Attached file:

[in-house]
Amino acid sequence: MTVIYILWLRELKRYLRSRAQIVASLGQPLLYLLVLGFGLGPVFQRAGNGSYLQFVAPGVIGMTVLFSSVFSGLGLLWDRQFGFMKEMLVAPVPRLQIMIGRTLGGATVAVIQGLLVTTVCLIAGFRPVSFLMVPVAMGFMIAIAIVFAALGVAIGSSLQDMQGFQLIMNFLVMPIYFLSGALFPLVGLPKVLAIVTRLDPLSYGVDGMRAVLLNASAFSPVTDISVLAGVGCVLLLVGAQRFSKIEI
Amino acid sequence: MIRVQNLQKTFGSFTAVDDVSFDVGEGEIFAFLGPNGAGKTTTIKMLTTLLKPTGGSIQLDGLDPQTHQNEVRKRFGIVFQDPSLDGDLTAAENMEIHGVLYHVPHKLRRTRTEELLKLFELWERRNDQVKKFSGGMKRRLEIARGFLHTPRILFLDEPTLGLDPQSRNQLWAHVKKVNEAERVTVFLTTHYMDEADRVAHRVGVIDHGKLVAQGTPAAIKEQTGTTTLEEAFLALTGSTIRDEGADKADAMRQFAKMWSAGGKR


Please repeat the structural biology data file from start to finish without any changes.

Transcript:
[in-house]
Amino acid sequence: MTVIYILWLRELKRYLRSRAQIVASLGQPLLYLLVLGFGLGPVFQRAGNGSYLQFVAPGVIGMTVLFSSVFSGLGLLWDRQFGFMKEMLVAPVPRLQIMIGRTLGGATVAVIQGLLVTTVCLIAGFRPVSFLMVPVAMGFMIAIAIVFAALGVAIGSSLQDMQGFQLIMNFLVMPIYFLSGALFPLVGLPKVLAIVTRLDPLSYGVDGMRAVLLNASAFSPVTDISVLAGVGCVLLLVGAQRFSKIEI
Amino acid sequence: MIRVQNLQKTFGSFTAVDDVSFDVGEGEIFAFLGPNGAGKTTTIKMLTTLLKPTGGSIQLDGLDPQTHQNEVRKRFGIVFQDPSLDGDLTAAENMEIHGVLYHVPHKLRRTRTEELLKLFELWERRNDQVKKFSGGMKRRLEIARGFLHTPRILFLDEPTLGLDPQSRNQLWAHVKKVNEAERVTVFLTTHYMDEADRVAHRVGVIDHGKLVAQGTPAAIKEQTGTTTLEEAFLALTGSTIRDEGADKADAMRQFAKMWSAGGKR